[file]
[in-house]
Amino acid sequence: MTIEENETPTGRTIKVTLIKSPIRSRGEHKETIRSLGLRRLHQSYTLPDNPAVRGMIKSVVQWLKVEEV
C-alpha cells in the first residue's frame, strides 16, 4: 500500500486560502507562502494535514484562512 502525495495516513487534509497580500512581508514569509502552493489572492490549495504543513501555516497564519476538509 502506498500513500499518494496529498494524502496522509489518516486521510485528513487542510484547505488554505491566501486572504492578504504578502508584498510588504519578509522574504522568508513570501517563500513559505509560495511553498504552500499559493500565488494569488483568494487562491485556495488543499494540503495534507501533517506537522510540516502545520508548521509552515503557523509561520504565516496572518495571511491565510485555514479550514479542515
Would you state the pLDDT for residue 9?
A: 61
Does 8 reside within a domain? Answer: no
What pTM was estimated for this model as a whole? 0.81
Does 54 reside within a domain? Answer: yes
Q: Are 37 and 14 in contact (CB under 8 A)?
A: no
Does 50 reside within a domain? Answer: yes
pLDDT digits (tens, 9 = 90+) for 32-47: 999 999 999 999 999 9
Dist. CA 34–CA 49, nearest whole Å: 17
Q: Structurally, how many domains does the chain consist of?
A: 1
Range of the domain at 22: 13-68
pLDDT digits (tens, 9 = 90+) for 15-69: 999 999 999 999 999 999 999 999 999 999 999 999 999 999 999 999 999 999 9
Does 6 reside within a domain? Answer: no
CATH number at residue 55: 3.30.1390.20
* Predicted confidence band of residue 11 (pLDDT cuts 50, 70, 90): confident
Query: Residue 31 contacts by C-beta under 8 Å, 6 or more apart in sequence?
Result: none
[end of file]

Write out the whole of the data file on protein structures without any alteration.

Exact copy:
[in-house]
Amino acid sequence: MTIEENETPTGRTIKVTLIKSPIRSRGEHKETIRSLGLRRLHQSYTLPDNPAVRGMIKSVVQWLKVEEV
C-alpha cells in the first residue's frame, strides 16, 4: 500500500486560502507562502494535514484562512 502525495495516513487534509497580500512581508514569509502552493489572492490549495504543513501555516497564519476538509 502506498500513500499518494496529498494524502496522509489518516486521510485528513487542510484547505488554505491566501486572504492578504504578502508584498510588504519578509522574504522568508513570501517563500513559505509560495511553498504552500499559493500565488494569488483568494487562491485556495488543499494540503495534507501533517506537522510540516502545520508548521509552515503557523509561520504565516496572518495571511491565510485555514479550514479542515
Would you state the pLDDT for residue 9?
A: 61
Does 8 reside within a domain? Answer: no
What pTM was estimated for this model as a whole? 0.81
Does 54 reside within a domain? Answer: yes
Q: Are 37 and 14 in contact (CB under 8 A)?
A: no
Does 50 reside within a domain? Answer: yes
pLDDT digits (tens, 9 = 90+) for 32-47: 999 999 999 999 999 9
Dist. CA 34–CA 49, nearest whole Å: 17
Q: Structurally, how many domains does the chain consist of?
A: 1
Range of the domain at 22: 13-68
pLDDT digits (tens, 9 = 90+) for 15-69: 999 999 999 999 999 999 999 999 999 999 999 999 999 999 999 999 999 999 9
Does 6 reside within a domain? Answer: no
CATH number at residue 55: 3.30.1390.20
* Predicted confidence band of residue 11 (pLDDT cuts 50, 70, 90): confident
Query: Residue 31 contacts by C-beta under 8 Å, 6 or more apart in sequence?
Result: none